Jaffna is one of the oldest human settlements in the peninsular region of Northern Sri Lanka. The city was the epicenter of a decade’s long conflict that has now ended. An old resident says in his blog “the quiet nostalgia for a gratifying past puts a faint smile on the granite brought in for reconstruction.” Reconstruction of the city and the return of its residents to the once vibrant economy are captured in canvas by an acclaimed artist. He notes “…continual transformation is the process that cities need to endure when they emerge in to new life once again.”
That canvas unfolds before your eyes on your Sri Lanka vacation when you visit the Jaffna peninsula and the colourful offshore islands that surround it. Once the 2nd largest Sri Lankan city, it was also an important Portuguese colonial hold. The Dutch Fort that still dominates the Jaffna skyline is spread over an area of 22 hectares within the city limits. The star shaped Jaffna Fort built in 1680 by the Dutch is considered as the best example of Dutch fortifications in Asia.
In Delft Island (Neduntivu islet) 35 kms from the city is the Delft Fort built by the Portuguese. Behind the Fort is a beautiful beach with exquisite shells. A ferry service connects the largest island in the Palk straits with the mainland.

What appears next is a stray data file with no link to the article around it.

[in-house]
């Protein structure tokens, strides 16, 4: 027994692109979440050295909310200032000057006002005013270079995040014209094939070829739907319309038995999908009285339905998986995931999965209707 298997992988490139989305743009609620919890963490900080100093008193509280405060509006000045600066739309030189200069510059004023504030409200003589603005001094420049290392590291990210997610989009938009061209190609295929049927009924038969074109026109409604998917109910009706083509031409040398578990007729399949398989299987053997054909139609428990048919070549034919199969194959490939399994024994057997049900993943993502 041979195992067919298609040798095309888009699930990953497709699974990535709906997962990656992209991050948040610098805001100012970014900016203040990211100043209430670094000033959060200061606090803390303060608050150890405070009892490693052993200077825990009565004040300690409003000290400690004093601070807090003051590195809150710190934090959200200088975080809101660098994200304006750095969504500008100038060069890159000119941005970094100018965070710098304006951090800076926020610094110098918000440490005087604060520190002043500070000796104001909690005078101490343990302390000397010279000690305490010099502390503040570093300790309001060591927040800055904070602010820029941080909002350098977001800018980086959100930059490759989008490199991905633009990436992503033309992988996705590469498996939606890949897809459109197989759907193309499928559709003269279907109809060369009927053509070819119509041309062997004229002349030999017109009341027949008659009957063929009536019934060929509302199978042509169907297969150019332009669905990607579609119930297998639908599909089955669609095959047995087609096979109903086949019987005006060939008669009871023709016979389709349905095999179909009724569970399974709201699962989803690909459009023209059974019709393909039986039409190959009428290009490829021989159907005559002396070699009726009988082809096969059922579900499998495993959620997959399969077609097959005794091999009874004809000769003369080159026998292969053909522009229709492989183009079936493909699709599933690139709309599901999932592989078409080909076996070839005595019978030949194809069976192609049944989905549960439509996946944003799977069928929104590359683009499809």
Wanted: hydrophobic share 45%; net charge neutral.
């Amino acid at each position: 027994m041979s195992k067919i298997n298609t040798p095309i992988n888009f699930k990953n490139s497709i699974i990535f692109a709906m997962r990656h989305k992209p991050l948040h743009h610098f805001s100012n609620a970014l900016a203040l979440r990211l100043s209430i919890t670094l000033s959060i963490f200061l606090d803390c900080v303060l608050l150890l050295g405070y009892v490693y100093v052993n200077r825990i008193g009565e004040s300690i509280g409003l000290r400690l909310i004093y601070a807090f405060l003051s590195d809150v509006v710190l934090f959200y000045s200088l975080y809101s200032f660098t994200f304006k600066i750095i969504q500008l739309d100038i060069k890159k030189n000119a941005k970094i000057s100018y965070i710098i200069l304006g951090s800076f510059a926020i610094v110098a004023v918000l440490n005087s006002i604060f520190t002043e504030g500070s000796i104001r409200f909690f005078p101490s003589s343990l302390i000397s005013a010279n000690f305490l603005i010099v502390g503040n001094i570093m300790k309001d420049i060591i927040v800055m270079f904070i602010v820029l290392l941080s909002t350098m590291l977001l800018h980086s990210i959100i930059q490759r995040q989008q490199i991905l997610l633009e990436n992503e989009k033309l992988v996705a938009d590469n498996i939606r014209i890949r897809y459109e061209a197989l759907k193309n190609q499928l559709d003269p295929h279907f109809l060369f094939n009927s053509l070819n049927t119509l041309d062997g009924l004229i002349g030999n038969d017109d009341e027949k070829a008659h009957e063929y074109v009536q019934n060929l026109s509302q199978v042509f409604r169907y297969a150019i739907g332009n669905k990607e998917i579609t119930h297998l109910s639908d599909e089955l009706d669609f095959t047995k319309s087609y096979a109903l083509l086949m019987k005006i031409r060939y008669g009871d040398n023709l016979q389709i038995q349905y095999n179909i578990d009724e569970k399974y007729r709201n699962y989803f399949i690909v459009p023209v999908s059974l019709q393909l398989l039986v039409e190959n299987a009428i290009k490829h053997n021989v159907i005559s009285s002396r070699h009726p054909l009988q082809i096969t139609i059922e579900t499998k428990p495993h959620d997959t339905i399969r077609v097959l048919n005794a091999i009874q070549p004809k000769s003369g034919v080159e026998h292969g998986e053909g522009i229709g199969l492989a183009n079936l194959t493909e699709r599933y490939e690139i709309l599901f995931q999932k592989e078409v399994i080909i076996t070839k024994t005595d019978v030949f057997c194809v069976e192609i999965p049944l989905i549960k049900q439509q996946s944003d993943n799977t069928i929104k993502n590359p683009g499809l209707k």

The architecture of the Kandaswamy Kovil in the Nallur quarter of the city has been built in the South Indian Dravidian style. The shrine which stood on the site before its destruction by the Portuguese dates back to the 10th century.
At Kantarodai, there are about 100 miniature dagobas or stupas crowded in to an area of about one hectare. The diameter of the largest stupa is approximately 4 meters. These are believed to be 2000 years old.
Nagadeepa is a small island an hour’s journey by boat from the city. The Buddhist temple recently restored is a temple revered by Buddhists of Sri Lanka who believe that it was visited by the Buddha.